2018 Mary Milligan, R.S.H.M. Lecture in Spirituality Featuring Kristy Nabhan-Warren, Ph.D.
"Américan Woman: The Virgin of Guadalupe and Maternal Warrior Accompaniment of
Her Latino/a Children"
Who is the Virgin of Guadalupe? What does she mean to millions of Latinos/as? How does the Church interpret Her? In her talk, Dr. Nabhan-Warren will explore and examine la Virgen's historical, theological, and cultural meanings as well as recent popular manifestations of Her, which offer a challenge to the prevailing heavenly-focused Guadalupe. The Guadalupe of everyday working class Latinos/as, hipster Latina artists, and liberation theologians alike is one that is thoroughly Américan. She is a strong brown woman who is a beacon of hope and strength. While she is yoked to Jesus as his mother, she stands on her own as a mujer muy fuerte. She is a woman who speaks against domestic violence, poverty, and racism. La Virgen is pro-maternity rights, pro-childcare, and for her working children. She walks with her pilgrims, she accompanies pregnant women to the clinic, gang members to their homes, and undocumented, exploited workers in the farms and fields of the Cornbelt and broader Midwest. She is a symbol and witness to a new theology of accompaniment today.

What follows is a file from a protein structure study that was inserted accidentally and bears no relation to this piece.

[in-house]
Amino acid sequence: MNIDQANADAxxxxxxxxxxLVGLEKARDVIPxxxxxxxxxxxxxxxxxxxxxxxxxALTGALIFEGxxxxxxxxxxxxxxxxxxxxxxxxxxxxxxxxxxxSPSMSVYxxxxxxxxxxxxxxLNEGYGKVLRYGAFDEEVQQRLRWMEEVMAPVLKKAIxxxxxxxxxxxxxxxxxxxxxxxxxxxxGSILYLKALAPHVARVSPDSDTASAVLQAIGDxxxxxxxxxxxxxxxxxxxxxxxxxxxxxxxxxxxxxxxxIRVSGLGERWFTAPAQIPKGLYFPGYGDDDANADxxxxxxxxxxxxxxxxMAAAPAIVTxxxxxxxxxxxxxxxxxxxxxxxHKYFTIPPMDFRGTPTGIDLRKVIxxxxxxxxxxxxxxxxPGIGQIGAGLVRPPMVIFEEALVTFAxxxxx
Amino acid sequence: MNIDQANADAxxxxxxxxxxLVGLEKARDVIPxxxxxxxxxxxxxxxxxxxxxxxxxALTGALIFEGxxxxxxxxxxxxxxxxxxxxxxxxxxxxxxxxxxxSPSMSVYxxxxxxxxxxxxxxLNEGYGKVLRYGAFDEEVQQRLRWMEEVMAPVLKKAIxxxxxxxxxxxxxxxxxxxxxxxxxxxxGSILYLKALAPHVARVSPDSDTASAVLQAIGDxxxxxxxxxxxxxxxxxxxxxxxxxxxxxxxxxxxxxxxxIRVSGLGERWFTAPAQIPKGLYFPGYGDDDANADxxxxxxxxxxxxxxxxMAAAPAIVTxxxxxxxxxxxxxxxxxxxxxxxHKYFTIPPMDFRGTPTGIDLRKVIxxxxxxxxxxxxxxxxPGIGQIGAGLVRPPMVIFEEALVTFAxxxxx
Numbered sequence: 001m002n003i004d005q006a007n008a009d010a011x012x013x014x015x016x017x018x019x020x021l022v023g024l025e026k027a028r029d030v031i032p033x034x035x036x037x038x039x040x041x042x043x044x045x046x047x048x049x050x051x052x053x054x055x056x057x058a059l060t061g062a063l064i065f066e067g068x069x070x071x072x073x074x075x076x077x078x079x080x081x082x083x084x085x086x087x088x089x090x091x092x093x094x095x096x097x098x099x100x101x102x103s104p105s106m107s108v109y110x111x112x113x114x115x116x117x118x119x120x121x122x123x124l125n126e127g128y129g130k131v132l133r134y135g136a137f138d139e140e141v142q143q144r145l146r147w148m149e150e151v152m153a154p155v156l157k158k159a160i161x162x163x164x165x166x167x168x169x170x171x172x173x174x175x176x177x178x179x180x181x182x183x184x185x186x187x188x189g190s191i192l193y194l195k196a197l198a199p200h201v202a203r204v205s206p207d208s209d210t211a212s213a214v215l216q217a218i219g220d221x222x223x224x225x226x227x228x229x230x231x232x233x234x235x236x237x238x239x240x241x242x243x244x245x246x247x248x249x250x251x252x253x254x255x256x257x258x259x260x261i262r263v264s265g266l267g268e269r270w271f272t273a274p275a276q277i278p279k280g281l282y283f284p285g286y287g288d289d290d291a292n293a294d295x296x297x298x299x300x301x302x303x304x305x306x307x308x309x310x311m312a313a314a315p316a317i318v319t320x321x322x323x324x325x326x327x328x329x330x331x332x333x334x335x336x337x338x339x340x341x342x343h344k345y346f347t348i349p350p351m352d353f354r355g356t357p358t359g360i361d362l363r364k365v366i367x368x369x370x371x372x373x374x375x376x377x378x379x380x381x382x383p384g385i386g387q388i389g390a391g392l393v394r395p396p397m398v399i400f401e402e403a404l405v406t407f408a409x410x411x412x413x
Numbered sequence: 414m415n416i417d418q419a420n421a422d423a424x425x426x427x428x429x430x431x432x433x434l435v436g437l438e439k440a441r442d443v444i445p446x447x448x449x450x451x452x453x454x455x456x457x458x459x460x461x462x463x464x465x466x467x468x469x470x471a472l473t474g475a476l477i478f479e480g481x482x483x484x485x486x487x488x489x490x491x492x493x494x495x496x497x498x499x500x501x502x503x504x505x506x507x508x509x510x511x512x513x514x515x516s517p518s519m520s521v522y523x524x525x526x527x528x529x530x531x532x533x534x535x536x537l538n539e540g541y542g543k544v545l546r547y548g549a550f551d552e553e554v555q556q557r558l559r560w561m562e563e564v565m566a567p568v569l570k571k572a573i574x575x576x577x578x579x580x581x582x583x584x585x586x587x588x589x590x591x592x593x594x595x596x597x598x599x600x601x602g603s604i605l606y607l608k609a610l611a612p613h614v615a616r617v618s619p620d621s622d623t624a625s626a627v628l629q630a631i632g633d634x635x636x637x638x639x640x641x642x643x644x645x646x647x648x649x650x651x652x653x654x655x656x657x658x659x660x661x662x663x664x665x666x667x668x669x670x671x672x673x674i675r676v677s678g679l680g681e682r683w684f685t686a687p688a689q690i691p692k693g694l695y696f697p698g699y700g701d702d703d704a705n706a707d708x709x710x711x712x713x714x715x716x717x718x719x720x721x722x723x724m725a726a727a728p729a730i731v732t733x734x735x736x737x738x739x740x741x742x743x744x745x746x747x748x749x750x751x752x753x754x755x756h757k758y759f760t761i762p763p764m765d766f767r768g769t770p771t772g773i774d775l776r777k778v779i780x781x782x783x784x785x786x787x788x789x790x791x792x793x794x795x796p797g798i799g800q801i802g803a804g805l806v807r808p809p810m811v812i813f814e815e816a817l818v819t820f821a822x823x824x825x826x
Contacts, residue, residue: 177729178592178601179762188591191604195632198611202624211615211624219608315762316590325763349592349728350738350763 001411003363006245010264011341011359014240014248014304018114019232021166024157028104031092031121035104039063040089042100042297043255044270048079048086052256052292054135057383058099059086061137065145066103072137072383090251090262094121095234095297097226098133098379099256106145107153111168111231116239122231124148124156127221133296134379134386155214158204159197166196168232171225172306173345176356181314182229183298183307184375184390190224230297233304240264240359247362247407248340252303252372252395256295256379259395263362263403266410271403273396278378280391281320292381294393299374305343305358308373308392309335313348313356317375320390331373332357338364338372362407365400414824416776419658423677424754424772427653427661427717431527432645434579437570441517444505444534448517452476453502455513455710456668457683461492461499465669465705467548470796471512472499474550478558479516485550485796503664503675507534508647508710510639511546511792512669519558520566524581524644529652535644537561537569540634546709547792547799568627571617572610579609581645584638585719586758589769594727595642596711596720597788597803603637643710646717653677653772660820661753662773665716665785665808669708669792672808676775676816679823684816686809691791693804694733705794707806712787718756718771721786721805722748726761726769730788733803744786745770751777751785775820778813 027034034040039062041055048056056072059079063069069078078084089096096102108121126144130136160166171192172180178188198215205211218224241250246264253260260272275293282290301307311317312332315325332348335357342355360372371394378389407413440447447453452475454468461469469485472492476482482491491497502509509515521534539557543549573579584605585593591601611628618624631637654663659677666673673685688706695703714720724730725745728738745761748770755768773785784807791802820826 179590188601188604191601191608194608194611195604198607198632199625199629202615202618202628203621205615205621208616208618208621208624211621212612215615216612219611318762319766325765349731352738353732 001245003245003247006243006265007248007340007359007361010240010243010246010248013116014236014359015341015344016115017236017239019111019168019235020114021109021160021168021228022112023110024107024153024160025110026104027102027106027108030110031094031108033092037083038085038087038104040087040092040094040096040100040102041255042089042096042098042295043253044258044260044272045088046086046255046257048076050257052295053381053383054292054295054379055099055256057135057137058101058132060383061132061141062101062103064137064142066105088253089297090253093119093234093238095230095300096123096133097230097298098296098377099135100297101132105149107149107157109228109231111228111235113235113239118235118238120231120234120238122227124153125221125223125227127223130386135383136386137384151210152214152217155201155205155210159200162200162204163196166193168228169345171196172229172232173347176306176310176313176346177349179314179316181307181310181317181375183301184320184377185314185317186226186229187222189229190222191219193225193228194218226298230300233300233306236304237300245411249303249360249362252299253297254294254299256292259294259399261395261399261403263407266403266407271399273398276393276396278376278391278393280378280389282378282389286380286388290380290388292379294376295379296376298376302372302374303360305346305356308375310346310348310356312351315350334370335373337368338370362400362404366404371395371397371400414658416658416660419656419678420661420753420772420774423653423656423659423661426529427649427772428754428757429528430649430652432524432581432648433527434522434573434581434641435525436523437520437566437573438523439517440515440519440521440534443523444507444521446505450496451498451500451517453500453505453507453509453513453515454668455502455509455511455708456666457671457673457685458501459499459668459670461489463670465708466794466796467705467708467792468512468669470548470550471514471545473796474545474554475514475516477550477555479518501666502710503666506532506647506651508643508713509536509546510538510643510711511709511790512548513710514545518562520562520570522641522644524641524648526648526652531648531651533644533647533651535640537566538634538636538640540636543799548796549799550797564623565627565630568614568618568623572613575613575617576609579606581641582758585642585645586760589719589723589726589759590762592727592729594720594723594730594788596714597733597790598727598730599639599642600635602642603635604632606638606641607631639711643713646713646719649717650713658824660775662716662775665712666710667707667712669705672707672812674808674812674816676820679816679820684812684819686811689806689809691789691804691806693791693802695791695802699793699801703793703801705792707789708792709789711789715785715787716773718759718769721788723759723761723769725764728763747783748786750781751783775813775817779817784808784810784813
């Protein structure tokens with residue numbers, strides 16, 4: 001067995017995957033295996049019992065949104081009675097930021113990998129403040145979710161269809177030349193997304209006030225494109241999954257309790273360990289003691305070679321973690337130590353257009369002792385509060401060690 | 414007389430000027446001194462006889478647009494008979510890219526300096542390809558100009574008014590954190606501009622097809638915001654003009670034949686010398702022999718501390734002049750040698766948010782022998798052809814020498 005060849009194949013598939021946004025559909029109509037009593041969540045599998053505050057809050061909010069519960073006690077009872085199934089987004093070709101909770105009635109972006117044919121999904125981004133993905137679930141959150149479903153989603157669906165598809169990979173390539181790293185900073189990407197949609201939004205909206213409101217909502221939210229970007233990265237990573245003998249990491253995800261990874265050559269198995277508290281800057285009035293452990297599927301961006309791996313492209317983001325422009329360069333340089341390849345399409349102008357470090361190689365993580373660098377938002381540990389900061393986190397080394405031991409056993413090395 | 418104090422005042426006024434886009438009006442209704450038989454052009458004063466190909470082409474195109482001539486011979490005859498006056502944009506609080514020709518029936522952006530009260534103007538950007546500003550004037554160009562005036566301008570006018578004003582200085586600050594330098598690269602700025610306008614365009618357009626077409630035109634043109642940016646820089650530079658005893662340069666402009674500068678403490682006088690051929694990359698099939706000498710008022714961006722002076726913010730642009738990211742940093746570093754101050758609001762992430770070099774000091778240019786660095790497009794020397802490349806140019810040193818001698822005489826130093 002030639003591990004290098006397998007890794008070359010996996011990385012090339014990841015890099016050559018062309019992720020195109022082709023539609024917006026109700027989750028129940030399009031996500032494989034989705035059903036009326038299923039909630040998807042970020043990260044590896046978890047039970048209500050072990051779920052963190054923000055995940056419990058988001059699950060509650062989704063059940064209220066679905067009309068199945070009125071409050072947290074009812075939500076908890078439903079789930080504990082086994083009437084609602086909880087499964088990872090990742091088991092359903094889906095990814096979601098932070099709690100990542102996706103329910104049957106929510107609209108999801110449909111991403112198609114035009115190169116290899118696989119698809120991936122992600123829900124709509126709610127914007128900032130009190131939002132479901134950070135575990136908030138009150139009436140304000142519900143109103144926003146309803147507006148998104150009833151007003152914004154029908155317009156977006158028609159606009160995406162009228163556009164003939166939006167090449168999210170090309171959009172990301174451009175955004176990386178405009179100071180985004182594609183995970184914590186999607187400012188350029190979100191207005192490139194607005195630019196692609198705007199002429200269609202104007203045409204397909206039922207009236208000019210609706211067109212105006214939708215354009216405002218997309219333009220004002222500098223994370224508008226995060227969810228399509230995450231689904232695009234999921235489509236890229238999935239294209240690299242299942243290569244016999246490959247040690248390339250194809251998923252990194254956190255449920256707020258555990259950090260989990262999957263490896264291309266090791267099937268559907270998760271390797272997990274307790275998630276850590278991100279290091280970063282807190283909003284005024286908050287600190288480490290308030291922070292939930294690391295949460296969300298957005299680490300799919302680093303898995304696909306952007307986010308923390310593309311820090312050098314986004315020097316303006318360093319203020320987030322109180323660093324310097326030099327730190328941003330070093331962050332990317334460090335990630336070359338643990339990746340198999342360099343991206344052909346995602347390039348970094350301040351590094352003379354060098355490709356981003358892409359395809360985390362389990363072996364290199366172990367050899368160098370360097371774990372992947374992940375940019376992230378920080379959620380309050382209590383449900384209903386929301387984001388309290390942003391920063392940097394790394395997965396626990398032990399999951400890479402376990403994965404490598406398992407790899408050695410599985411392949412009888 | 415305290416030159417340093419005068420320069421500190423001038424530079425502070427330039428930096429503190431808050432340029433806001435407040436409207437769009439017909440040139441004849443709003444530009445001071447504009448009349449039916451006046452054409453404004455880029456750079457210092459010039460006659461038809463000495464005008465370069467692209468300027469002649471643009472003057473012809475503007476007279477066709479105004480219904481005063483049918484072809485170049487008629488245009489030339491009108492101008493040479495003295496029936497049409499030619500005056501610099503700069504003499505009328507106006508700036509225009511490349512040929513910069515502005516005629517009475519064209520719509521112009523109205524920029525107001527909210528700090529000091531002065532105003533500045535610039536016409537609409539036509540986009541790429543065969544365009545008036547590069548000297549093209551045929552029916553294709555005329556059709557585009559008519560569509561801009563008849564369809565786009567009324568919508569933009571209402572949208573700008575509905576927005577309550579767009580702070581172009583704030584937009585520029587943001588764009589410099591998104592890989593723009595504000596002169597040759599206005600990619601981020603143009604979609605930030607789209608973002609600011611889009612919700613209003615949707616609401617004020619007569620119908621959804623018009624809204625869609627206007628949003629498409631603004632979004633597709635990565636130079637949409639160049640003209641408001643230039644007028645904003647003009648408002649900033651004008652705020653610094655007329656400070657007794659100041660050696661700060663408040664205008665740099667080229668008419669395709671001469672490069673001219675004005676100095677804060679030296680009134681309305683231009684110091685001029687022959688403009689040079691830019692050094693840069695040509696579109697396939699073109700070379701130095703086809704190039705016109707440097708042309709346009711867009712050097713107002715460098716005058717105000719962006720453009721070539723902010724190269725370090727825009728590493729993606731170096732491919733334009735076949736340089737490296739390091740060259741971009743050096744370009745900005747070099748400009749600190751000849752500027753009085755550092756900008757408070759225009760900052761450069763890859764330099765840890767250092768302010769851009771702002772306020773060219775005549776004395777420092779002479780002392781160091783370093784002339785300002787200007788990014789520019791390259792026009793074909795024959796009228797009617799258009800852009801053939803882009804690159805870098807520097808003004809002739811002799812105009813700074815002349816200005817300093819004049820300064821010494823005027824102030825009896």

Thursday, March 22, 2018, 7:00 pm
Loyola Marymount University
Roski Dining Room
Reception immediately following in the Marymount Institute for Faith, Culture, and the Arts, UH3002
About Kristy Nabhan-Warren
Kristy Nabhan-Warren is Professor and V.O. and Elizabeth Kahl Figge Chair of Catholic Studies at The University of Iowa. Her research and teaching focuses on the relationship between religion, migration, ethnicity and work. She is trained as a social historian of religion in the United States and as an anthropologist of religion. She is the author of two books, The Virgin of El Barrio: Marian Apparitions, Catholic Evangelizing, and Mexican American Activism (NYU Press 2005) and The Cursillo Movement in America: Catholics, Protestants and Fourth-Day Spirituality (UNC Press, 2015). She is currently editing The Handbook of Latino/a Christianities for Oxford University Press (Forthcoming Spring 2020) and is writing on her third manuscript, Cornbelt U.S.A: Family, Faith, and Work in the Heartland. Kristy is also the creator of and Series editor for The University of North Carolina new book series “Ethnographies of Religion.” She loves to teach, and regularly teaches General Education courses “Religions in America Today” and “Sport and Religion in America.” Her graduate-level courses include “Writing Religion, Writing Culture,” and “Gender and Religion.” She enjoys spending time with her husband and three children, running, biking, kayaking, and cooking for family and friends.